Several in attendance also provided updates regarding their area’s progress. Trustee RJ Renna from the Village of Lindenhurst discussed the 260-unit transit-oriented development that was recently approved across from their LIRR station, a walkability study being conducted by GPI for their downtown, a CFA application to construct a master plan for the village, and a new brewery opening up in a 100-year old historic building. Mayor Dennis Siry form the Village of Amityville announced the approval of a TOD district, 115 units of housing next to their LIRR station, Tritec as their master developer, and a $288,000 grant for a bike path and more walkability around their train station. Deputy Mayor Jorge Martinez from the Village of Freeport, New York State’s second largest village, discussed walkability improvements around their train station on Main Street that will help many who use the LIRR station and ravel on NICE bus. Mayor Ralph Ekstrand from the Village of Farmingdale encouraged those in attendance to visit the Village on the 2nd and 4th Thursday nights of July and August for their Main Street Festivals, and talked about a public hearing coming up in September for a 54-unit complex on Main Street by their firehouse, with plans for the first floor of the development to have a 225 seat performing arts center and gallery.

Trustee Sarah Oral from the Village of Roslyn talked about Phase 2 of Roslyn Landing which will bring more townhomes to the downtown, and the village’s wok towards infill development. She mentioned that “people are starting to become more accepting to housing in the downtown.” Suffolk County Legislator Steve Flotteron highlighted some of the highpoints of Bay Shore’s downtown revitalization, mentioning that there was a 50% vacancy rate 20 years ago. The popular waterfront is doing well, and will be more accessible with a NY State grant aimed at linking the downtown, ferry and LIRR station with bicycle paths. He also noted that Northwell Health’s Southside Hospital has been acquiring derelict buildings adjacent to the property for office and medical use. Evlyn Tsimis, Nassau’s Deputy County Executive for Economic Development, mentioned the various projects in different stages in Nassau County, including new ideas to better utilize the Nassau HUB. She said that the count is “changing he tenor of economic development from a steamroll to collaboration”.

Irene Guarasci from the Hicksville Downtown Revitalization Committee talked about the $10 million Downtown Revitalization Initiative’s progress, including recently announced projects, and expressed hope that it will be the beginning of a beautiful walkable downtown. Karen Moltalbano from the Baldwin Civic Association discussed recent hurdles in the revitalization of Grand Avenue and Merrick Road, with the developer pulling out of the opportunity, but was encouraged by the concept of an overlay district being floated for the area. Julie Marchesella from the Elmont Chamber of Commerce reminded those attending the importance of shopping locally, with Tammie Williams of the Elmont Community Coalition shared the community’s concerns about inadequate transportation for her area, and expressed hope that the LIRR’s role in development at Belmont Park would be transparent. Thomas Grech of the Queens Chamber of Commerce talked about the need to closely work with neighbors in Nassau County, and expressed that transit options should be increased. Gina Coletti of the Suffolk County Alliance of Chambers gave an overview of a recent press conference held in Plainview urging state legislation for New York State to have the ability to collect appropriate sales taxes on out-of-state online purchases.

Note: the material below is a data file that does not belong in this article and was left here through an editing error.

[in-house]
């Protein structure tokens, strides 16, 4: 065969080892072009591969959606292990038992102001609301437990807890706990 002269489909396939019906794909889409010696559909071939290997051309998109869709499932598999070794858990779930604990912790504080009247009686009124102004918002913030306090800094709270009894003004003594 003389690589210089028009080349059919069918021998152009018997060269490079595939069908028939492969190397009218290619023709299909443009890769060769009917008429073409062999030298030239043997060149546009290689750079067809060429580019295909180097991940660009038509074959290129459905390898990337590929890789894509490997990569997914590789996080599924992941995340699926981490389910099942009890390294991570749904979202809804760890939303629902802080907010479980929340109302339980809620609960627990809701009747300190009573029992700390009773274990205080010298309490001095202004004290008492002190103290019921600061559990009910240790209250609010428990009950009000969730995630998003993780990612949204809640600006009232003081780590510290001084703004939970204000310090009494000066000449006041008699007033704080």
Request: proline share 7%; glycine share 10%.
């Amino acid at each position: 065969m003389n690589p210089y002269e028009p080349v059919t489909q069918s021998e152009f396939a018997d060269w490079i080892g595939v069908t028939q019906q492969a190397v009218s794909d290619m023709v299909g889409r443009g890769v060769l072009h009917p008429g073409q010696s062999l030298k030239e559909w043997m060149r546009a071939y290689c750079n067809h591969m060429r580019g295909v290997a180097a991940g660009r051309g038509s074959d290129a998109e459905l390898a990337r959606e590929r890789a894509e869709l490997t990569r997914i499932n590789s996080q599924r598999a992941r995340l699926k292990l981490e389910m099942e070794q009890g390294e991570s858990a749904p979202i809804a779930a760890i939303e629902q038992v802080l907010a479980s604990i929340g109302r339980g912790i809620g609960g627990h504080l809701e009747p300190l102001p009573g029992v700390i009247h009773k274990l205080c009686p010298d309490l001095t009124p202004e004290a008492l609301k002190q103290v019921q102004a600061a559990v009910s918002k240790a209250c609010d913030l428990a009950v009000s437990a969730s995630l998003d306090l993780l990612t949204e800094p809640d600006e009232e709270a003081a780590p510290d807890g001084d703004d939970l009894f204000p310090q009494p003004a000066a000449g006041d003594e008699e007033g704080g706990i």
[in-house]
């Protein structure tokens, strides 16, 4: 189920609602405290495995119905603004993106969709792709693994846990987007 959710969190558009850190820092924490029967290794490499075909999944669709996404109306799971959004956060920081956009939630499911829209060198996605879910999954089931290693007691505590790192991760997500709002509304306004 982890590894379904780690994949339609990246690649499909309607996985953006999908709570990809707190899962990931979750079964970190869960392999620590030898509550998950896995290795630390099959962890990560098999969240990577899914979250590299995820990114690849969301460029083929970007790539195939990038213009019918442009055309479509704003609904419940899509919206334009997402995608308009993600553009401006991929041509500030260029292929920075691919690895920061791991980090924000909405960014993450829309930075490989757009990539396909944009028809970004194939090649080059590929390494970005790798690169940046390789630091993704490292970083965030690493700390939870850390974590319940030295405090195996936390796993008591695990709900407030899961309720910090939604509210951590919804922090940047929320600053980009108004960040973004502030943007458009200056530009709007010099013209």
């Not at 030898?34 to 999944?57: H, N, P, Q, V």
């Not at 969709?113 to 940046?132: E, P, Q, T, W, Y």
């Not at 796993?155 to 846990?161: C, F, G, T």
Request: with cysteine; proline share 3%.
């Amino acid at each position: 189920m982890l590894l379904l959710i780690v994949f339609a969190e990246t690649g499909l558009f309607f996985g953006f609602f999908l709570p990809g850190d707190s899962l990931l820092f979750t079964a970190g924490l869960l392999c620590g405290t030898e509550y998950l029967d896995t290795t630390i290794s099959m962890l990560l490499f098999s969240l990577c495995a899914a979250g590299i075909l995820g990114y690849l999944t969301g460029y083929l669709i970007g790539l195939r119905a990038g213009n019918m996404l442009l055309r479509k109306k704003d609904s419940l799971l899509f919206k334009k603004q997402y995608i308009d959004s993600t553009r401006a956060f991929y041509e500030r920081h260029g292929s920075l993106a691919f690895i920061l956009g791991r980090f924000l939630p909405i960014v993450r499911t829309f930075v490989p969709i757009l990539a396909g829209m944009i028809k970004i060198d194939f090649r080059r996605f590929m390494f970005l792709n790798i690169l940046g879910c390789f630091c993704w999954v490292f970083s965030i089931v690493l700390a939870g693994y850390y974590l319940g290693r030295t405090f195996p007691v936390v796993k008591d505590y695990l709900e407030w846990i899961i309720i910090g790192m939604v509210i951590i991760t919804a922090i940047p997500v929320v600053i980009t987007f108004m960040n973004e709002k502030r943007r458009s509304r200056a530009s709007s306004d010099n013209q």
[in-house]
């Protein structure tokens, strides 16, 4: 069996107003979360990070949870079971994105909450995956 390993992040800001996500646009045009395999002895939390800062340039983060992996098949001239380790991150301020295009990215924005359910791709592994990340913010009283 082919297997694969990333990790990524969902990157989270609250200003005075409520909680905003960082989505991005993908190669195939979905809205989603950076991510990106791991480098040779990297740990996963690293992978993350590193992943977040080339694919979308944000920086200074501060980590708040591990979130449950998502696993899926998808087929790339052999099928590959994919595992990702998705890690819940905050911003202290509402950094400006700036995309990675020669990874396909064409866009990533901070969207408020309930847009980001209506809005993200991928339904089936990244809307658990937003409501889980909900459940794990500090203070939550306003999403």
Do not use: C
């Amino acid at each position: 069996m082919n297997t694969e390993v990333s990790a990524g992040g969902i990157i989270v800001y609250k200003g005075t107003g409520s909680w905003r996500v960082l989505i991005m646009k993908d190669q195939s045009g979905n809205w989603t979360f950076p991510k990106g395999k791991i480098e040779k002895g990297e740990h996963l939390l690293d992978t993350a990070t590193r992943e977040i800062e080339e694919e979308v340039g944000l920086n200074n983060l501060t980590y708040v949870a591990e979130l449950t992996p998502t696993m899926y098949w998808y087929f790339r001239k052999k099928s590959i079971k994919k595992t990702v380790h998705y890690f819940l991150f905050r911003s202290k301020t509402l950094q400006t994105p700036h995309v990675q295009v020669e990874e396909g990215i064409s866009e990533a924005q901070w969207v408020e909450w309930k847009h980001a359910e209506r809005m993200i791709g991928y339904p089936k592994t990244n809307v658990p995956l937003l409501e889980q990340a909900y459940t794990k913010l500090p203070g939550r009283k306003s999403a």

Updates were also given by Mike Deering of LIPA, who said that $90 million was spent on energy efficiency and renewables programs, that there are two programs for downtown economic development, and a possible program upcoming for low-to-moderate income discounts and time-use rates.  Kathy Wisnewski of National Grid gave an overview of programs that they have to help with economic development, including those areas with vacant storefronts, and efficiency programs. Mike Setzer of NICE Bus announced the launch of LINK in parts of East Meadow, Merrick and Bellmore where routes were cut over the past few ears. The service allows riders to order a ride with NICE’s smaller 14 passenger buses, choose a pickup location and time, and view the proposed itinerary Michelle Schimel from SONYMA spoke on how owning a home, condo or coop is a starting ground and opportunity to acquire wealth, and that meditation has been an activity she has enjoyed when there are minor train delays.

You can read more about the meeting here.